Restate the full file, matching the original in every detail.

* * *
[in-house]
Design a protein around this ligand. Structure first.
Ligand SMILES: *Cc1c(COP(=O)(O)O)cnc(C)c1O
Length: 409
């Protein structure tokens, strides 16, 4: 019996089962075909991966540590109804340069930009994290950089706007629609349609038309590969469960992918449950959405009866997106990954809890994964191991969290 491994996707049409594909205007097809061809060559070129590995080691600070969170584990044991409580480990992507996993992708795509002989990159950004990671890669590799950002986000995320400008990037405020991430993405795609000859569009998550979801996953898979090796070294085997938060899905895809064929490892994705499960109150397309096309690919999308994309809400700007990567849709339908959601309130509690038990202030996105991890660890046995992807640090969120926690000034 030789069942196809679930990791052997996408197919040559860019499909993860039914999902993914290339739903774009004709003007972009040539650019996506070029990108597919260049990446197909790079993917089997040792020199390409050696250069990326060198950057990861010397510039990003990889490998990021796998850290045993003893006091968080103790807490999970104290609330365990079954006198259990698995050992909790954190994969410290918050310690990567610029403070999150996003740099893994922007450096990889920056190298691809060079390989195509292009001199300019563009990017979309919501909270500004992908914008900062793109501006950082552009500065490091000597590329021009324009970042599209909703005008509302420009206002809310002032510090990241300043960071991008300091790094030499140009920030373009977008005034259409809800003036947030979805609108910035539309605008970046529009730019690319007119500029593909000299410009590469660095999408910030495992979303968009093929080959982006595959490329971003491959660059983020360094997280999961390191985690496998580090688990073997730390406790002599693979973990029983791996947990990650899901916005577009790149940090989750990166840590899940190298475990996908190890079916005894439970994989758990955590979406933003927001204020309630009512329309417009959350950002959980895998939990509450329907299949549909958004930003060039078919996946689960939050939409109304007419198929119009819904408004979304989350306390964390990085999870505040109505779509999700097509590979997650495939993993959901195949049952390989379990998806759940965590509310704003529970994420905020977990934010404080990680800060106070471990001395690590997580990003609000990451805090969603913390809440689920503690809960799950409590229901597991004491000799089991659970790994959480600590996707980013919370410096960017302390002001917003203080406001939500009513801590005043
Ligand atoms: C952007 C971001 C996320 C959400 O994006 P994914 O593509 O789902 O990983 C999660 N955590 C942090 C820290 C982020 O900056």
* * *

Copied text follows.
[in-house]
Design a protein around this ligand. Structure first.
Ligand SMILES: *Cc1c(COP(=O)(O)O)cnc(C)c1O
Length: 409
């Protein structure tokens, strides 16, 4: 019996089962075909991966540590109804340069930009994290950089706007629609349609038309590969469960992918449950959405009866997106990954809890994964191991969290 491994996707049409594909205007097809061809060559070129590995080691600070969170584990044991409580480990992507996993992708795509002989990159950004990671890669590799950002986000995320400008990037405020991430993405795609000859569009998550979801996953898979090796070294085997938060899905895809064929490892994705499960109150397309096309690919999308994309809400700007990567849709339908959601309130509690038990202030996105991890660890046995992807640090969120926690000034 030789069942196809679930990791052997996408197919040559860019499909993860039914999902993914290339739903774009004709003007972009040539650019996506070029990108597919260049990446197909790079993917089997040792020199390409050696250069990326060198950057990861010397510039990003990889490998990021796998850290045993003893006091968080103790807490999970104290609330365990079954006198259990698995050992909790954190994969410290918050310690990567610029403070999150996003740099893994922007450096990889920056190298691809060079390989195509292009001199300019563009990017979309919501909270500004992908914008900062793109501006950082552009500065490091000597590329021009324009970042599209909703005008509302420009206002809310002032510090990241300043960071991008300091790094030499140009920030373009977008005034259409809800003036947030979805609108910035539309605008970046529009730019690319007119500029593909000299410009590469660095999408910030495992979303968009093929080959982006595959490329971003491959660059983020360094997280999961390191985690496998580090688990073997730390406790002599693979973990029983791996947990990650899901916005577009790149940090989750990166840590899940190298475990996908190890079916005894439970994989758990955590979406933003927001204020309630009512329309417009959350950002959980895998939990509450329907299949549909958004930003060039078919996946689960939050939409109304007419198929119009819904408004979304989350306390964390990085999870505040109505779509999700097509590979997650495939993993959901195949049952390989379990998806759940965590509310704003529970994420905020977990934010404080990680800060106070471990001395690590997580990003609000990451805090969603913390809440689920503690809960799950409590229901597991004491000799089991659970790994959480600590996707980013919370410096960017302390002001917003203080406001939500009513801590005043
Ligand atoms: C952007 C971001 C996320 C959400 O994006 P994914 O593509 O789902 O990983 C999660 N955590 C942090 C820290 C982020 O900056």